Ghost in the Shell: Its Relevance in 1995 and Today
Ghost in the Shell is one of those classic Japanese Sci-Fi films that is loved the world round. For the first time this movie is being made in English, starring the beautiful Scarlet Johansson. If it's your first time hearing about the film, you might wonder why anime fans around the world are bracing themselves hoping it won't ruin the perfection that was the original movie.
The Classic Movie
The Ghost in the Shell animated film first came out in 1995. Even if you watch it today, 22 years later, it still has some of the most stunning animation that you'll ever see. Within the first 5 minutes of the film, you'll already have your eyes bulging out in shock and admiration.
In the first few minutes of the film, you are shown a futuristic world where a cyborg woman removes her clothes, jumps out of a woman, and shoots up a group of businessmen. You then see this stunning animated sequence of how the cyborgs are made, built from the inside out with synthetic bone, muscle, skin applied and hair grown.
In the background you hear this stunning music, traditional Japanese taiko drums beating slowly while female voices sing above. The music, which sounds like it would have felt at home in an old kabuki theatre, contrasts eloquently with the futuristic themes of the imagery. It immediately sets the tone for the movie - a world which has grown so quickly it's outpacing itself.
When I watched the original animated movie, the thing that struck me the most was the high level of detail. Everything was so carefully done, each wire placed, each blinking light, the way the cyrborgs are put together and how they move. I just end up sitting back and watching the movie unfold with awe.
Ghost in the Shell, like most animated productions, started its life as a manga, a Japanese graphic novel. The novel was serialized from 1989-1990.
So what's the story? In a nutshell it's a dystopian story about corporate greed and a police force that's trying to keep some of this corruption contained. In this world, a lot of people have cyber brains, allowing them to interface directly with networks. Some people have partial cybernetic limbs, and there are some people that are almost full cyborg, like the main character, Motoko Kusanagi.
Due to the fact that nearly everyone's brains are connected directly to a network, there's a possibility that someone can get hacked. A person's memories can be overwritten or lost.
I think what really made this such a success was that it touched on so many points that are timeless.
- What does it mean to be human?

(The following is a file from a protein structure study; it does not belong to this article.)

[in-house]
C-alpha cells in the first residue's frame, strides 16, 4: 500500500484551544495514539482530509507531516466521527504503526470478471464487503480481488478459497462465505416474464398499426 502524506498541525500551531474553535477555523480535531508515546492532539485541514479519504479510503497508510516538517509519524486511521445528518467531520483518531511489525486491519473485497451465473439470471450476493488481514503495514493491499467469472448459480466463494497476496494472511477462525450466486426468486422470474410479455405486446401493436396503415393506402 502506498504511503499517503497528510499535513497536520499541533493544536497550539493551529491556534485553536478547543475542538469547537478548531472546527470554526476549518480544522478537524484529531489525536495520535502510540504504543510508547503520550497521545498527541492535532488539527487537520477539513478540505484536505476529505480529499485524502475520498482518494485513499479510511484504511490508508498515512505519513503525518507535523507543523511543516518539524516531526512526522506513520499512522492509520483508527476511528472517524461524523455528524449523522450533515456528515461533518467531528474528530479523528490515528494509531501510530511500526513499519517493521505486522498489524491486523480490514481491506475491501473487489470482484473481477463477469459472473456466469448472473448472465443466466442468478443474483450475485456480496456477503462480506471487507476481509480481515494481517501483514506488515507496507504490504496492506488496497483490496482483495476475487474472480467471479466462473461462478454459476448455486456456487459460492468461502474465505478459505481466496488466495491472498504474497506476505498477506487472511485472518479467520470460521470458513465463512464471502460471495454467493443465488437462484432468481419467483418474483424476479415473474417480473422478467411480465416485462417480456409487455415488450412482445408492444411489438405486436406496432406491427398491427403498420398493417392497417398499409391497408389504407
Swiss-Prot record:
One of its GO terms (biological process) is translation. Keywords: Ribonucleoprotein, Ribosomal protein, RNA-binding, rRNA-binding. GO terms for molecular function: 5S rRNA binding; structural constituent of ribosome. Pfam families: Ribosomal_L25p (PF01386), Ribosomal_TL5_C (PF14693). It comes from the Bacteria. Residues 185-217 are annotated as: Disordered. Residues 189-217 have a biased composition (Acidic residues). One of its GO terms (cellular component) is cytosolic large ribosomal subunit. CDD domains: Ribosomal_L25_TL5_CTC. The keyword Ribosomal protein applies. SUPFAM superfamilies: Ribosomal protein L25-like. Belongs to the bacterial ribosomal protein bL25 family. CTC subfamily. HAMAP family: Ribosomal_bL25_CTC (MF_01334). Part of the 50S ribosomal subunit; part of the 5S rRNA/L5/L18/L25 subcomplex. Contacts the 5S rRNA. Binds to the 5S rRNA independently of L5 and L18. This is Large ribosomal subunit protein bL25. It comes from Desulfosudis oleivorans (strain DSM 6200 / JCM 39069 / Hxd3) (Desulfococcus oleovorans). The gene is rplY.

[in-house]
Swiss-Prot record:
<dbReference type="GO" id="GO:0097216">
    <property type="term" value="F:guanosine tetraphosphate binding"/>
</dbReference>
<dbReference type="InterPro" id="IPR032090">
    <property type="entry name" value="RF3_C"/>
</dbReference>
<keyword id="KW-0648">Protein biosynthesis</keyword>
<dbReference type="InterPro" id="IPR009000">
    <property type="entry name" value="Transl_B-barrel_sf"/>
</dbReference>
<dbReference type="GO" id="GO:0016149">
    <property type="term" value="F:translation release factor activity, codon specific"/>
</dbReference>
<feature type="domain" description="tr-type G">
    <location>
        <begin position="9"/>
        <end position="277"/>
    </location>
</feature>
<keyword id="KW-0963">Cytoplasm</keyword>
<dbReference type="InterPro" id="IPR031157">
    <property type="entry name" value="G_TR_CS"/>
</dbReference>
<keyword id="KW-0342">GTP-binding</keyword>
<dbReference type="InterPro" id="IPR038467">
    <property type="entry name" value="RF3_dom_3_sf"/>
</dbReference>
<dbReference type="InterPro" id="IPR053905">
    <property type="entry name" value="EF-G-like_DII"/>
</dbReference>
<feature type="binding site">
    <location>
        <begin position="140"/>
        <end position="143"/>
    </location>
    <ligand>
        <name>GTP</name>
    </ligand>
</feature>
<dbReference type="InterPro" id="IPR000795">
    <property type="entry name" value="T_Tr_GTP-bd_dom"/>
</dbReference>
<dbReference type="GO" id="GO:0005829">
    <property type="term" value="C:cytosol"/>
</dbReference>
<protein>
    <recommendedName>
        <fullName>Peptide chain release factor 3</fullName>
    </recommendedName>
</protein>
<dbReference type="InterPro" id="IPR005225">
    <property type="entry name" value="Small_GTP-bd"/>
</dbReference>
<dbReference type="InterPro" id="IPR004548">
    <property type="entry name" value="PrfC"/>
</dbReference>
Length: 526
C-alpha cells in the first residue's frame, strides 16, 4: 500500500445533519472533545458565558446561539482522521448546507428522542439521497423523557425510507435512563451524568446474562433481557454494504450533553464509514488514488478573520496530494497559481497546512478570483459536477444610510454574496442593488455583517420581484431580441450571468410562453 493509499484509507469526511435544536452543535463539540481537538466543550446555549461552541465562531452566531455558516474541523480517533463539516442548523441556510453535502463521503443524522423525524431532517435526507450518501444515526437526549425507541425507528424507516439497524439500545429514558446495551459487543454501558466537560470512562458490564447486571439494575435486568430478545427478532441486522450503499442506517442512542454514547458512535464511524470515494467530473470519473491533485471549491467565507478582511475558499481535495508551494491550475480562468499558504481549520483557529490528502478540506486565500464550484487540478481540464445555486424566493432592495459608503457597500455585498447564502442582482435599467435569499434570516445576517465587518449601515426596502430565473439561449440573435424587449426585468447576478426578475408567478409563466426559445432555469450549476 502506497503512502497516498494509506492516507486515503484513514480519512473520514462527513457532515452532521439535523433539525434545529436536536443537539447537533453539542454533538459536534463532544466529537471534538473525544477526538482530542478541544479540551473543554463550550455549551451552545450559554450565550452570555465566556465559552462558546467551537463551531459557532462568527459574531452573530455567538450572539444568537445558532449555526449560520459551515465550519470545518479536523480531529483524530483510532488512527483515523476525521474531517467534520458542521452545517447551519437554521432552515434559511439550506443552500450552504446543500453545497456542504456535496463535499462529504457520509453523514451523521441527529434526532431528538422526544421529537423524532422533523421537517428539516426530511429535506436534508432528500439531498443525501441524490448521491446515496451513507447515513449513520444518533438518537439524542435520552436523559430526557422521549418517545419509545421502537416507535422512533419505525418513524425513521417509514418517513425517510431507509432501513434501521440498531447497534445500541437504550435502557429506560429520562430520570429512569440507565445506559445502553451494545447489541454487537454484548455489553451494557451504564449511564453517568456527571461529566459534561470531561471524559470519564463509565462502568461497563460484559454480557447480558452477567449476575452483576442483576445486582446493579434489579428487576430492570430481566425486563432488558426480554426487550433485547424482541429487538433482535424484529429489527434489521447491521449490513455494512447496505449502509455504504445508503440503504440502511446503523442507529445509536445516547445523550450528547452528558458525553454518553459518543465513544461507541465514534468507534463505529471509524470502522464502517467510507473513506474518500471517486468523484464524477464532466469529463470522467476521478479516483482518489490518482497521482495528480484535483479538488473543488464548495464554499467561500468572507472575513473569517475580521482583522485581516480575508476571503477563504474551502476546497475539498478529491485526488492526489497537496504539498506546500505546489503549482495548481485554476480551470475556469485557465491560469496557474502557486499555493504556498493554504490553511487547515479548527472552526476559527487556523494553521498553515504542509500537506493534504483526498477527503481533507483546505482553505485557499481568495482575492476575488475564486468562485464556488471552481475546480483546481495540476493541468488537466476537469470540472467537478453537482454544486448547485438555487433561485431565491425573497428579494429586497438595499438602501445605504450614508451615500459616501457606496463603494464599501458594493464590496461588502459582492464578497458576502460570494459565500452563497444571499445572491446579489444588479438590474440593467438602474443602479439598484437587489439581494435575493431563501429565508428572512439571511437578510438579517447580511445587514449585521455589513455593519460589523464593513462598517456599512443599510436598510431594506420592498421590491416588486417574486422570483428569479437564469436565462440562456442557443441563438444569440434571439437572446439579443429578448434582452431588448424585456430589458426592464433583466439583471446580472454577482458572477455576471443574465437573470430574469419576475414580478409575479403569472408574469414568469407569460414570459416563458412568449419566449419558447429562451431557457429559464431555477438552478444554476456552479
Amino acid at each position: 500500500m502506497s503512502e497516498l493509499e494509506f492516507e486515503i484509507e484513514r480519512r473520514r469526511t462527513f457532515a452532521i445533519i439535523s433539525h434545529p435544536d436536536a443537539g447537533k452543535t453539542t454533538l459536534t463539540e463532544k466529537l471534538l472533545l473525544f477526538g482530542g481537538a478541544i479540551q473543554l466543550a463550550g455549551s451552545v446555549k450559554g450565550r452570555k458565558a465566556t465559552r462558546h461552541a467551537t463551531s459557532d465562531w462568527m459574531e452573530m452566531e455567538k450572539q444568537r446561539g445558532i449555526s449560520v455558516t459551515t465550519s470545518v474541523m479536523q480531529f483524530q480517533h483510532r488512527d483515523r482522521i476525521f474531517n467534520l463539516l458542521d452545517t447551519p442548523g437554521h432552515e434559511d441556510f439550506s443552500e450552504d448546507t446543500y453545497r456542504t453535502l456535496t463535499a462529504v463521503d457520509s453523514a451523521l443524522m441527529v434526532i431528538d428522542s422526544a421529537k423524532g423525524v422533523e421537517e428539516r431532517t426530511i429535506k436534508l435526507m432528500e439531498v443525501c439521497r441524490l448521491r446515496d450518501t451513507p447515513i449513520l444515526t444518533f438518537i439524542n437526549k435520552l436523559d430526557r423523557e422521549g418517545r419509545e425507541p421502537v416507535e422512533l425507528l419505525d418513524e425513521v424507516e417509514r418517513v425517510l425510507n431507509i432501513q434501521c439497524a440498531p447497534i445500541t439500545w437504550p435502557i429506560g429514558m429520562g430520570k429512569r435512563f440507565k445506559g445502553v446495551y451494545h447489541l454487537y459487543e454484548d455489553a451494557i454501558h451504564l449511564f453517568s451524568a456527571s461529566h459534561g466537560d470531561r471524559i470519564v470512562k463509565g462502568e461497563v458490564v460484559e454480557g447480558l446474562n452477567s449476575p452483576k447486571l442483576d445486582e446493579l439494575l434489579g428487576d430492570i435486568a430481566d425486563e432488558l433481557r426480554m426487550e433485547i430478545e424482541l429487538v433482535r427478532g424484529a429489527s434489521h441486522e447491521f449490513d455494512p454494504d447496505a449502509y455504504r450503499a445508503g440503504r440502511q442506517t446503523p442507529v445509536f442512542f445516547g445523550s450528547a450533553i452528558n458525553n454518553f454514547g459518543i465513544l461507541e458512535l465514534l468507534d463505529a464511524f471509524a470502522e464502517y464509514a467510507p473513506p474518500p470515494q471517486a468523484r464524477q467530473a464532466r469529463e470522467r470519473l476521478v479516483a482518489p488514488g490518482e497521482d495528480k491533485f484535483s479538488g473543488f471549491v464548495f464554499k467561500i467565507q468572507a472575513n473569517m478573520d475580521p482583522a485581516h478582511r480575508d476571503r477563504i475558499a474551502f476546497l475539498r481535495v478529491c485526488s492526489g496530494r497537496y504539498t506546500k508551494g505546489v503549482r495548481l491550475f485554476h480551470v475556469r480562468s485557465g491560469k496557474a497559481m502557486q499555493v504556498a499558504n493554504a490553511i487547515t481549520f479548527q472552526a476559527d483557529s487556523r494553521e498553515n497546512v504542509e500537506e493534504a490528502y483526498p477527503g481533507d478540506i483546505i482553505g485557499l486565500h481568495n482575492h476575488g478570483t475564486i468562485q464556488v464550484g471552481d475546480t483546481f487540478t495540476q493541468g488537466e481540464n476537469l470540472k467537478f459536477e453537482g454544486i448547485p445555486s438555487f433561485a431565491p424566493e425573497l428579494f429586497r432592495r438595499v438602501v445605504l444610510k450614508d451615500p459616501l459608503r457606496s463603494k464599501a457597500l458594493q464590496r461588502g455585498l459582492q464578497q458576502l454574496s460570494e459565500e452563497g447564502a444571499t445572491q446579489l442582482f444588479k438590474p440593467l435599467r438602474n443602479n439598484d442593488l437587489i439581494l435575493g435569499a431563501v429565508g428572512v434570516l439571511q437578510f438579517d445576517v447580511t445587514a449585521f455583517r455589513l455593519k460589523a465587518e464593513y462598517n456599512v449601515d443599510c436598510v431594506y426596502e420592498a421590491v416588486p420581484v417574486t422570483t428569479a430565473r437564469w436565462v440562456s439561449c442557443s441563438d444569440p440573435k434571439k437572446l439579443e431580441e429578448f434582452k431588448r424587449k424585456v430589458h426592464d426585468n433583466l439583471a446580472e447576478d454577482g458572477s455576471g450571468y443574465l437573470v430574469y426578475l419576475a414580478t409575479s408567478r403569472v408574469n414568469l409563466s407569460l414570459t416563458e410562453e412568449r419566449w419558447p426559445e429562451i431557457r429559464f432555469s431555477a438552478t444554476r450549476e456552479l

- Corporate Greed
- The Internet of Things / Super Connectivity
In our world today there is this struggle that is going on between politicians, businessmen, technology leaders, and everyone else. This is why this story is still so relevant even in 2017.
Controversy in Casting
When Scarlet Johansson was cast, there were a lot of people that raised eyebrows and were disappointed that they didn't take the opportunity to cast an Asian actress in this role. Although it's true that in the anime the character had blue eyes, and in the manga she actually had red eyes, she is also Japanese in origin. What you need to realize about the Manga in the 90s is that at that time they rarely drew characters of a specific race. It was commonplace to give characters features like purple, pink, or red eyes - but that didn't mean the character wasn't Asian. The artist may have still intended her to be Asian, he may have simply drawing her in a certain style. Because of this ambiguity it opened the door for criticism.
Some people accused the producers of "Whitewashing," or casting white actors in roles that were originally designed for other races.
The movie is actually directed by a British director, Rupert Sanders. He had this to say on the matter:
“To me, you know, I cast very much from the gut and I think I was very lucky to be able to get an amazing international cast of people that I’ve always really wanted to work with,” he said. “Scarlett was one of those people, and to me there’s very few actresses who’ve had 20 years of experience, who have the cyberpunk aesthetic already baked in. You know, she comes from such edgy films from Lost in Translation to Under the Skin — she’s got an incredible body of work and the attitude and toughness of her really is to me The Major.”
I can't disagree with him in that I think she is an amazing actress with a body of work that does lend itself to the role. However it could have also been an opportunity for someone knew to be launched to fame. One can't speculate on what could have happened, we can only judge the film after we see it.
In the end, Masamune Shirow, the original creator of Ghost in the Shell, did comment on Johansson's casting - and approved of it.
Here you can check her out in the trailer and decide for yourself.
Pitfalls to Watch Out For
There are some things that I'm going to look for when the movie comes out, some things that can highly disappoint me if indeed they are done that way.
Music / Ambience
What I loved so much about the original was the mix of fast and slow, the mix of old and new. The music really struck the tone for the movie, so I hope this film avoids the kind of stereotypical music that you hear in modern Action or Sci-Fi movies.
There are moments in the original film that are kind of like taking a breath, moments where that same haunting music comes back in and we kind of explore the city. The pace slows down. A lot of blockbuster movies tend to have a very fast pace, non-stop action, and I don't feel like that's what Ghost in the Shell was all about. So I'm hoping they stay true to the original in this respect.
I really hope they don't put stupid humour in this movie. It really doesn't need it.
The new adaptation of Ghost in the Shell is in theatres March 31 - so we'll all be able to see soon enough whether it meets our expectations (and hopefully exceeds them!).